The military and the government have consistently defended the army’s actions, claiming the operations targeted militant and insurgent threats. But the report believes the army’s methods were “consistently and grossly disproportionate to actual security threats”. Though the report does mention the atrocities committed by ARSA, it leaves no doubt that the main culprit is Myanmar’s Tatmadaw.

“The scale, brutality and systematic nature of these violations indicate that rape and sexual violence are part of a deliberate strategy to intimidate, terrorize or punish a civilian population, and are used as a tactic of war,” the report concluded.

“Military necessity would never justify killing indiscriminately, gang raping women, assaulting children, and burning entire villages,” said the report.

It is also extremely critical of Myanmar’s civilian leader, Aung San Suu Kyi, for failing to intervene to stop the violence: though it acknowledges that she and her government have little control over the military’s operations. But it suggests her silence has made her unwittingly complicit in the violence and “contributed to the commission of atrocity crimes”.

But while the UN fact-finding mission may have completed its job, this is far from the end of the episode. Coming as it does a couple of weeks before the annual UN General assembly – which Aung San Suu Kyi is expected to attend – this report has added urgency of dealing with the situation in Rakhine and will force the international community to face the Myanmar crisis head on.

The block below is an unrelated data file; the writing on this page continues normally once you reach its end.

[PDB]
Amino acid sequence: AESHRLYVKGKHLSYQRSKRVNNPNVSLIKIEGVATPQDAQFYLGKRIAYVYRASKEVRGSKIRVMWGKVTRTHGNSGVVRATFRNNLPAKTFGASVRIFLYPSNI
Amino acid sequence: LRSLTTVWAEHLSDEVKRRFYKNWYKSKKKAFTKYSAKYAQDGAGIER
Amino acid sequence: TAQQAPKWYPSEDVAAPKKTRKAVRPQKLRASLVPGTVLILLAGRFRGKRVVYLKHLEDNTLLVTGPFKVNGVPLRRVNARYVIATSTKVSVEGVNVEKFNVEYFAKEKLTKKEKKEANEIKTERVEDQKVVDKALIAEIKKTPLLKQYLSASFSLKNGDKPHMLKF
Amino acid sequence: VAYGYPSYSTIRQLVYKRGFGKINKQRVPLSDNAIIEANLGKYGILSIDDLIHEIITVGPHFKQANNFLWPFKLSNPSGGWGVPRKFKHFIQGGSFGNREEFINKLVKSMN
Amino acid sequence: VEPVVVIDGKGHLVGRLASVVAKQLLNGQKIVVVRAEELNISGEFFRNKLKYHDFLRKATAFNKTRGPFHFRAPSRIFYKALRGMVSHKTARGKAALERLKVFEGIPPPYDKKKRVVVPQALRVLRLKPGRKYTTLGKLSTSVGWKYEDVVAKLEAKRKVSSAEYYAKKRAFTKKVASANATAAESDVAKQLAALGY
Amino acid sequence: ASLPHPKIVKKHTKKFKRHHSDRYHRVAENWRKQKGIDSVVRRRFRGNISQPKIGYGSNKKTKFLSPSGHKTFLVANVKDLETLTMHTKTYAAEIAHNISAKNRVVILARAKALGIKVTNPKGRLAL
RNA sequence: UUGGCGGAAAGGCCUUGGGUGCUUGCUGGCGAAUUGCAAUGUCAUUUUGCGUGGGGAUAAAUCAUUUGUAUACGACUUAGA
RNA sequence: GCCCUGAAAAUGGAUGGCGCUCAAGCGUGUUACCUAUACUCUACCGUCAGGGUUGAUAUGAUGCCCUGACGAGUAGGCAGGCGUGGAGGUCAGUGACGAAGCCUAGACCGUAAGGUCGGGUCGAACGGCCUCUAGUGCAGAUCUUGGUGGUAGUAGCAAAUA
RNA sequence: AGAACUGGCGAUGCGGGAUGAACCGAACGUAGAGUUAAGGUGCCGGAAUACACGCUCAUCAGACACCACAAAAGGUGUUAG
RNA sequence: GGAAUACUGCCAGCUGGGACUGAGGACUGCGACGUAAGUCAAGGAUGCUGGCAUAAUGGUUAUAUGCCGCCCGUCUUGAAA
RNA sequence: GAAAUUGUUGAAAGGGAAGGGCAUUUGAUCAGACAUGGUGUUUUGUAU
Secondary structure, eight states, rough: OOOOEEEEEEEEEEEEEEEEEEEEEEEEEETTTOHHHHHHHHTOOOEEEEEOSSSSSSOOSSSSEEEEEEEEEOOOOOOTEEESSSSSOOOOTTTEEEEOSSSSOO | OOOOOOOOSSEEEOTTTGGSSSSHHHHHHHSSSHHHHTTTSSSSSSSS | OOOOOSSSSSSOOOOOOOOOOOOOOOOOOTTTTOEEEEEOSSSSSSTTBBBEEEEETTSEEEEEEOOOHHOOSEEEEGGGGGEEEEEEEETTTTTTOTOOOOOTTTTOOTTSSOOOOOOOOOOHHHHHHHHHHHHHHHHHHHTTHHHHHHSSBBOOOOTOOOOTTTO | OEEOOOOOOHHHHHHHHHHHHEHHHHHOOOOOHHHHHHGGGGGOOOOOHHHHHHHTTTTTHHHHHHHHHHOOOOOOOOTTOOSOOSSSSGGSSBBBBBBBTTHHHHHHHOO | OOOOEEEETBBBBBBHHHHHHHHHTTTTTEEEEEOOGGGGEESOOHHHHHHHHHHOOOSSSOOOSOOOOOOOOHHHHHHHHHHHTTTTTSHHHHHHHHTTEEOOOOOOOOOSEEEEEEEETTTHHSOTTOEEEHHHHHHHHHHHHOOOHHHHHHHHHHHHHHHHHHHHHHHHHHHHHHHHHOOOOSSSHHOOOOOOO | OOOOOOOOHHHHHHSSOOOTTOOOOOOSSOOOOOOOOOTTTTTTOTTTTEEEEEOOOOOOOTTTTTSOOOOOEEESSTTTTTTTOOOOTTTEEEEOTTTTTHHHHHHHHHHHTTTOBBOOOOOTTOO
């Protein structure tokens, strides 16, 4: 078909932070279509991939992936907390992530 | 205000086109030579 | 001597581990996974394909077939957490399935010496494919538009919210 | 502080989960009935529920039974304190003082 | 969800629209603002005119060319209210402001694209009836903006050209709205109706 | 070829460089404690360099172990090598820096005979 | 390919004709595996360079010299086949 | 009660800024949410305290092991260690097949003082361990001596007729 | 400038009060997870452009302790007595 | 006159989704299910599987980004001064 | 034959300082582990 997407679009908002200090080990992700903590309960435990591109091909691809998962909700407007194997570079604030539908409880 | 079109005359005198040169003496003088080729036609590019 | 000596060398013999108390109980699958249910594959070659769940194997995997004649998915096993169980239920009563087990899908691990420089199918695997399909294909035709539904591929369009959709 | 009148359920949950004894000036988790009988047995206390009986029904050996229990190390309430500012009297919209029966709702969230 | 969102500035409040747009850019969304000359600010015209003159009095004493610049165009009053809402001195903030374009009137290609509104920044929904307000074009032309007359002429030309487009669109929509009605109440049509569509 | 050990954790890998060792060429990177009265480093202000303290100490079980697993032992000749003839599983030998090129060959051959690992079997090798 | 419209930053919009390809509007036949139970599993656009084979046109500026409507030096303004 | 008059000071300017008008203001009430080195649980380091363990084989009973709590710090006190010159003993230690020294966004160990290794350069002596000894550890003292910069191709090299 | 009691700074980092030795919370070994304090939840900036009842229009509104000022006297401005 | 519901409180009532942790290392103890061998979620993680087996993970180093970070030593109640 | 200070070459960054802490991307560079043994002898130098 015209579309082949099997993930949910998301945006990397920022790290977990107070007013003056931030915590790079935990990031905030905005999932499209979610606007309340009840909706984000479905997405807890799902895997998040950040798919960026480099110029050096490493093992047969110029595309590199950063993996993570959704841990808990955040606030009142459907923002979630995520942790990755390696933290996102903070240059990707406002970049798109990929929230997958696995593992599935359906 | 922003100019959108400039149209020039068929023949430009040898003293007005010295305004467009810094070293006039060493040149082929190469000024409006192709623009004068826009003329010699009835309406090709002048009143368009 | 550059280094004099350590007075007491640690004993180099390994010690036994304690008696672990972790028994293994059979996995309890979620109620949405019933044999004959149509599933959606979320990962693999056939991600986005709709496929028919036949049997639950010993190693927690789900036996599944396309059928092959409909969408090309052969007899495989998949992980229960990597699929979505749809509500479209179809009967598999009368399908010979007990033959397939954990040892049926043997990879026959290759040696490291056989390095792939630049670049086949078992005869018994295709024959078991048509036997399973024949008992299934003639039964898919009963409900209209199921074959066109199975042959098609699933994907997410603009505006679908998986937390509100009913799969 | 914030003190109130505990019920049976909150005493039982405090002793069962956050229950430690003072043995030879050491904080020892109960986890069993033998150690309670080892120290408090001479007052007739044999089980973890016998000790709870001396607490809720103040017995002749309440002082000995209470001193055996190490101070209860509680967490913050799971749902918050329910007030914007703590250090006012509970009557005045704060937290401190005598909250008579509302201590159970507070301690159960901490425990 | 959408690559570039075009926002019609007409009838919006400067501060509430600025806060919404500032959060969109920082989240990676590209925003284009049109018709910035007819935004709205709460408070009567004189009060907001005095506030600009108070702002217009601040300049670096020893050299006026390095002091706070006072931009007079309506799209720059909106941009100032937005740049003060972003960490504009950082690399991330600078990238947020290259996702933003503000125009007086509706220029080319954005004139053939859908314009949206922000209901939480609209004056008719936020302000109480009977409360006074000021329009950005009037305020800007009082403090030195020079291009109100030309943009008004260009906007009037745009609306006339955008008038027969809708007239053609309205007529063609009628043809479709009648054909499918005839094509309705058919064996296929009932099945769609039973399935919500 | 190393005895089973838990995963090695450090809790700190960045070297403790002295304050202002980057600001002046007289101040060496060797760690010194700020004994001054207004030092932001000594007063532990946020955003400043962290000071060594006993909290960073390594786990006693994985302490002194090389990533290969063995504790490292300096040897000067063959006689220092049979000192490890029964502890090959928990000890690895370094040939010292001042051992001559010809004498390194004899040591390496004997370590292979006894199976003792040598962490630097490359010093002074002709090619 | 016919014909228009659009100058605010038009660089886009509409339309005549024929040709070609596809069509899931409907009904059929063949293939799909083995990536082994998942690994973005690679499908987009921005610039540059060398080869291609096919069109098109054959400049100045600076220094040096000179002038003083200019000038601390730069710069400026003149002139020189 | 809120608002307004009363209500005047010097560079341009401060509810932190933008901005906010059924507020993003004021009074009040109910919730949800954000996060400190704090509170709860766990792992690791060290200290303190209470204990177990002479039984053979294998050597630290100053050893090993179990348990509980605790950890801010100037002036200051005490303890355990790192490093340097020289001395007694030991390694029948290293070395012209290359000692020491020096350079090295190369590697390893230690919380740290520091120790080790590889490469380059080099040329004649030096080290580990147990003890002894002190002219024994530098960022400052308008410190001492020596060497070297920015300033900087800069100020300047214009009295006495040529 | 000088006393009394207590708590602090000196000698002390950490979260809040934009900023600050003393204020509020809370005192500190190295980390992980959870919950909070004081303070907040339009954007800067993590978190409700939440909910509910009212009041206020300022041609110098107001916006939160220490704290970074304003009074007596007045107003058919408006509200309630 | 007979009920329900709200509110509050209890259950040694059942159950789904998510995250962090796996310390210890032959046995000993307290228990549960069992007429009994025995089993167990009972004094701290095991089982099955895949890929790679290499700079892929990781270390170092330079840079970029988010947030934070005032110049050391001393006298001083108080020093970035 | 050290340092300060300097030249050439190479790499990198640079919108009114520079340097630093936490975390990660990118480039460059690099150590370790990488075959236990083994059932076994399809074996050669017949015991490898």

The fact-finding mission is adamant that only an ICC inquiry and case can provide justice for the victims of the atrocities. There are several options that the international community can consider. One is referring the case of genocide and crimes against humanity against Myanmar directly to the ICC. This would need a UN Security Council resolution, which both China and Russia would be expected to veto.

But the Myanmar government has already vigorously rejected international intervention, and denied that the ICC had any jurisdiction in the matter: the State Counselor Aung San Suu Kyi’s office issued a statement several weeks ago repeating the government’s continued stance that the international court has “no jurisdiction over Myanmar whatsoever” because the country is not a party to the Rome Statute which established the international tribunal.

This was of course in relation to a previous move by the ICC itself, which earlier this year began considering whether the court had jurisdiction over Myanmar officials who forced Rohingya refugees to flee to Bangladesh, which is an ICC member, for the crime against humanity of deportation. Myanmar called this particular suggestion a “meritless claim”. In a detailed 21-point statement the government claimed there was “no obligation to enter into litigation with the prosecutor at the ICC … and the court had no jurisdiction”.